“This bill is not an anti- or pro-marijuana bill,” says House Bill 168’s sponsor David “Doc” Moore, R-Missoula. “It’s about impaired driving.”
The bill seeks to set the legal limit at 5 ng/ml of delta-9 tetrahyrocannabinol. It’s the same limit set in Montana’s medical marijuana laws.
He says now that Montana’s neighbors -- Washington and Colorado -- have legalized the recreational use of marijuana, he’s concerned impaired drivers may be traveling through the state.
Montana Highway Patrol Sargent Curt Sager trains law enforcement officials in drug recognition. He says while DUI cases involving alcohol are on the decline in the state, marijuana continues to escalate.
He told the Senate Judiciary Committee in 2010 that 372 of the DUI cases involved marijuana; in 2011 that rose to 476; and last year it grew again to 486 cases.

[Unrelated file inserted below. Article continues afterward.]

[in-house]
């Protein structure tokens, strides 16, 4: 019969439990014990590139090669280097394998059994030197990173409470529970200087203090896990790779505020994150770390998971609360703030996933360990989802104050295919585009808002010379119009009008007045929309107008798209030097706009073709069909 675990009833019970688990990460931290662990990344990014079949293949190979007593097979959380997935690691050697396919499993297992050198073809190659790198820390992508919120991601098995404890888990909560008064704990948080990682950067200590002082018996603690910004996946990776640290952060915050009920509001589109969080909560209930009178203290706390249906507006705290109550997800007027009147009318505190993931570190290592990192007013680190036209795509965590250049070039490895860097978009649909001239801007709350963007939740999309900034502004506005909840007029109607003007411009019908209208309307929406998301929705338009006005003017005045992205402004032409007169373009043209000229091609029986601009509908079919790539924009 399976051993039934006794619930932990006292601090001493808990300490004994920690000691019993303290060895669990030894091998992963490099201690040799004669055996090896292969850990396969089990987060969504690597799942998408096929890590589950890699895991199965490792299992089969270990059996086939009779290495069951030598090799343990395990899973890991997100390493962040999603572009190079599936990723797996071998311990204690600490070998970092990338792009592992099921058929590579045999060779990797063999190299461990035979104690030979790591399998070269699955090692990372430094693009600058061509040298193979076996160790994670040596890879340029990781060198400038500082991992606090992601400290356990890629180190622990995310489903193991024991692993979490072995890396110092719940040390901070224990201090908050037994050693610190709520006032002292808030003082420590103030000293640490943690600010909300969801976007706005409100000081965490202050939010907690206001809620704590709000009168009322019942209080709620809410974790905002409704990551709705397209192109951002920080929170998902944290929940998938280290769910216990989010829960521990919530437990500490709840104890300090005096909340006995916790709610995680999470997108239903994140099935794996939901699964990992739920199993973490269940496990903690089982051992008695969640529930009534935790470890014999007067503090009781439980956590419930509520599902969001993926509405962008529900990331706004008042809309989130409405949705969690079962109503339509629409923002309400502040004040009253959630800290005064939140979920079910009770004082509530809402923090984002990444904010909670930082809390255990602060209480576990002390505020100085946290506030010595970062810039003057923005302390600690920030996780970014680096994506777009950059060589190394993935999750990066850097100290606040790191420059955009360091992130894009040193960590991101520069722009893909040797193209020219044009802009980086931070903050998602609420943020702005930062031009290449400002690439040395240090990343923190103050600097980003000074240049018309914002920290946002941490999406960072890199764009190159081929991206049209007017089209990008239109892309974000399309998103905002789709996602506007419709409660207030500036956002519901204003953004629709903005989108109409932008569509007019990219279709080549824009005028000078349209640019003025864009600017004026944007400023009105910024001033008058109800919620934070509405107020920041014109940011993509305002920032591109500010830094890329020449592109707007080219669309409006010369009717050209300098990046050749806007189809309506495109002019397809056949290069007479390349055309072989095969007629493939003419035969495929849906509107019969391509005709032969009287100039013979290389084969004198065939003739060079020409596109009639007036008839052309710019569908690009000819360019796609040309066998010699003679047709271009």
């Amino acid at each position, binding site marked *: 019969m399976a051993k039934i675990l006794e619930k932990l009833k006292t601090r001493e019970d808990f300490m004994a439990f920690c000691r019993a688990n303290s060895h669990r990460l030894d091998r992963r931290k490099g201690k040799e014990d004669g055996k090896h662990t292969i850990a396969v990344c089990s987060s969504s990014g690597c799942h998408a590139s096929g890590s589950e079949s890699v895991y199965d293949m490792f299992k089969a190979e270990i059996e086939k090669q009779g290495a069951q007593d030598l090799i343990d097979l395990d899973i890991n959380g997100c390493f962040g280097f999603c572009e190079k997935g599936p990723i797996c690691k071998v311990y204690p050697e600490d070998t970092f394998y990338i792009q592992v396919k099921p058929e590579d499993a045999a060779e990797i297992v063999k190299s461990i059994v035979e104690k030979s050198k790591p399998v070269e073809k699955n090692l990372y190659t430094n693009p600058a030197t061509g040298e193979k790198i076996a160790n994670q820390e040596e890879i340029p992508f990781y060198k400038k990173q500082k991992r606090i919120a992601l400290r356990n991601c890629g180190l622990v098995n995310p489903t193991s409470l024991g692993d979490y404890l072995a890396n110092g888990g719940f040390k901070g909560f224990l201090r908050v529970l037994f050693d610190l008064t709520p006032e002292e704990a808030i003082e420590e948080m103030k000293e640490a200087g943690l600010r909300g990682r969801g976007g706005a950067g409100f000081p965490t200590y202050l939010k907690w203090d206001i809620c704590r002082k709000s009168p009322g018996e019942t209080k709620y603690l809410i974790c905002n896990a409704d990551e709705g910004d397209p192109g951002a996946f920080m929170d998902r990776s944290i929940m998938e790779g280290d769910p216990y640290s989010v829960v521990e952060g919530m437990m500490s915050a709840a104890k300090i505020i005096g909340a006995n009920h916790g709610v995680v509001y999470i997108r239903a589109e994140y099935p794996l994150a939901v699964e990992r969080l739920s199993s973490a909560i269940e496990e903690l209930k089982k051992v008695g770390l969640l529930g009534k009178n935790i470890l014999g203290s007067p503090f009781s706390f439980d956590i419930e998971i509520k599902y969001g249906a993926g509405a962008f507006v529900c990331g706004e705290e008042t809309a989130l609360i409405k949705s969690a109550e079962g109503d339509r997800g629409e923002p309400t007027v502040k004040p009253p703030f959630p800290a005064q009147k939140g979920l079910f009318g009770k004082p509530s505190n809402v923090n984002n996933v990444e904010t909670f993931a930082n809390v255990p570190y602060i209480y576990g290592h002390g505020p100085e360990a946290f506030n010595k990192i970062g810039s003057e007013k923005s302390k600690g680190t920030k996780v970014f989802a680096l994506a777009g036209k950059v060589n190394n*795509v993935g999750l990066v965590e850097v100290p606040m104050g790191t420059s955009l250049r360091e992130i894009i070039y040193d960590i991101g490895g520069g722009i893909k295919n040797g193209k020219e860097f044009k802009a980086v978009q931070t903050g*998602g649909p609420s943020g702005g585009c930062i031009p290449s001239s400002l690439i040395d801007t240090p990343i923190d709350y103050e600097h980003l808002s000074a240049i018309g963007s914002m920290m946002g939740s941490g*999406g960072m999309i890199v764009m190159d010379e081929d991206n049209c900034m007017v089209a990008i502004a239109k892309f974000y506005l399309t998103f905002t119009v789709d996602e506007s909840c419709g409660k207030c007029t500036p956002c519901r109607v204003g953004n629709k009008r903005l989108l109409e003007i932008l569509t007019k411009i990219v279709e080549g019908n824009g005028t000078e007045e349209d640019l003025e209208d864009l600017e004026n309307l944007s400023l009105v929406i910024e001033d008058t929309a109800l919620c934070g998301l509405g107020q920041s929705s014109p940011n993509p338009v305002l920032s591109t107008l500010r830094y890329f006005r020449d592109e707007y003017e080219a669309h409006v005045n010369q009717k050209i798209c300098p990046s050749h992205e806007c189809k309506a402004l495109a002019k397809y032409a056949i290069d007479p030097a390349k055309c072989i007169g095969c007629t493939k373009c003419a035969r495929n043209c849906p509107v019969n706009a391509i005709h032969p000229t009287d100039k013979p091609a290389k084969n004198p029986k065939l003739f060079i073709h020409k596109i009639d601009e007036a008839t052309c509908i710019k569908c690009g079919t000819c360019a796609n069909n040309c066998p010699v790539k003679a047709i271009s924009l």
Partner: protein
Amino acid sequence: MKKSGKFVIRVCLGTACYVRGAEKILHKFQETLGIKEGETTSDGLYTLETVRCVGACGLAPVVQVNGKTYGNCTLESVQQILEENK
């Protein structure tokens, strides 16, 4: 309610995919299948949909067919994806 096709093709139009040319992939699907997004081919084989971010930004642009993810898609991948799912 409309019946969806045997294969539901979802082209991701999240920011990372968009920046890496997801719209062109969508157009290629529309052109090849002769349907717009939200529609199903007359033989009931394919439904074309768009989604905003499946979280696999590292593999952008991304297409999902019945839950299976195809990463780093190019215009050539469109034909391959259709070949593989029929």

Sager adds the numbers are growing for DUI fatalities involving marijuana. He says they now account to ¼ of the cases.
“So obviously this is a very dangerous, deadly problem that we’re encountering on our roadways,” he says.
He says setting a legal limit for Delta-9 THC for marijuana is based on the .08 blood alcohol content (BAC) in the DUI laws.
Retired chiropractor Pat Pardis is a member of the Montana Cannabis Information Association. He’s against the bill, saying science is inconclusive as to whether the 5 ng/ml limit is accurate to designate an impaired driver.
“We do not believe that per se laws really improve safety on the highway,” he says. “It may make it easier to put somebody in jail or into a treatment program.”
HB 168 passed through the Montana House on a 80-18 vote. The Senate Judiciary Committee did not immediately act on the bill.